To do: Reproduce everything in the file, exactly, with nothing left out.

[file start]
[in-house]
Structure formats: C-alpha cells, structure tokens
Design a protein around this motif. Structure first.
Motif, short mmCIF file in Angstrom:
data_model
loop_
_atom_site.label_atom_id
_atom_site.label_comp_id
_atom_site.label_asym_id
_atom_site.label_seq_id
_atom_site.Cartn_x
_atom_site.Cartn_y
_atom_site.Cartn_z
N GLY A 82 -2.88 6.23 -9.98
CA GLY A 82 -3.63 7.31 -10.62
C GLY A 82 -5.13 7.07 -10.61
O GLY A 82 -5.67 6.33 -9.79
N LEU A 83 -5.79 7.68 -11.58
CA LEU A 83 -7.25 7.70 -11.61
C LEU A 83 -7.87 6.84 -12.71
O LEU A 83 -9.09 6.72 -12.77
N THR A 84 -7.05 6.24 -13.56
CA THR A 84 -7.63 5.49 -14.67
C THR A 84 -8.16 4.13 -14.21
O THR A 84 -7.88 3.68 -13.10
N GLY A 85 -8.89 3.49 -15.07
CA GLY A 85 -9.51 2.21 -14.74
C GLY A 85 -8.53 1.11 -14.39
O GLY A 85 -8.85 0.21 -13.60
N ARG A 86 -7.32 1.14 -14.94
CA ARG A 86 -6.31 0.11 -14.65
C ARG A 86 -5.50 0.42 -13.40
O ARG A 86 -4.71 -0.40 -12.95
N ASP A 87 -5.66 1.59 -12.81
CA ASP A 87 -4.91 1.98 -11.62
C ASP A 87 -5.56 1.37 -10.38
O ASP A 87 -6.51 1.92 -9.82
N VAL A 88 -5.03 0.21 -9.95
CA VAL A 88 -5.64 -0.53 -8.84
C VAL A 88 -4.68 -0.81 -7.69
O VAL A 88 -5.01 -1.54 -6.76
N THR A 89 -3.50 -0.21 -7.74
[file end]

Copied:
[in-house]
Structure formats: C-alpha cells, structure tokens
Design a protein around this motif. Structure first.
Motif, short mmCIF file in Angstrom:
data_model
loop_
_atom_site.label_atom_id
_atom_site.label_comp_id
_atom_site.label_asym_id
_atom_site.label_seq_id
_atom_site.Cartn_x
_atom_site.Cartn_y
_atom_site.Cartn_z
N GLY A 82 -2.88 6.23 -9.98
CA GLY A 82 -3.63 7.31 -10.62
C GLY A 82 -5.13 7.07 -10.61
O GLY A 82 -5.67 6.33 -9.79
N LEU A 83 -5.79 7.68 -11.58
CA LEU A 83 -7.25 7.70 -11.61
C LEU A 83 -7.87 6.84 -12.71
O LEU A 83 -9.09 6.72 -12.77
N THR A 84 -7.05 6.24 -13.56
CA THR A 84 -7.63 5.49 -14.67
C THR A 84 -8.16 4.13 -14.21
O THR A 84 -7.88 3.68 -13.10
N GLY A 85 -8.89 3.49 -15.07
CA GLY A 85 -9.51 2.21 -14.74
C GLY A 85 -8.53 1.11 -14.39
O GLY A 85 -8.85 0.21 -13.60
N ARG A 86 -7.32 1.14 -14.94
CA ARG A 86 -6.31 0.11 -14.65
C ARG A 86 -5.50 0.42 -13.40
O ARG A 86 -4.71 -0.40 -12.95
N ASP A 87 -5.66 1.59 -12.81
CA ASP A 87 -4.91 1.98 -11.62
C ASP A 87 -5.56 1.37 -10.38
O ASP A 87 -6.51 1.92 -9.82
N VAL A 88 -5.03 0.21 -9.95
CA VAL A 88 -5.64 -0.53 -8.84
C VAL A 88 -4.68 -0.81 -7.69
O VAL A 88 -5.01 -1.54 -6.76
N THR A 89 -3.50 -0.21 -7.74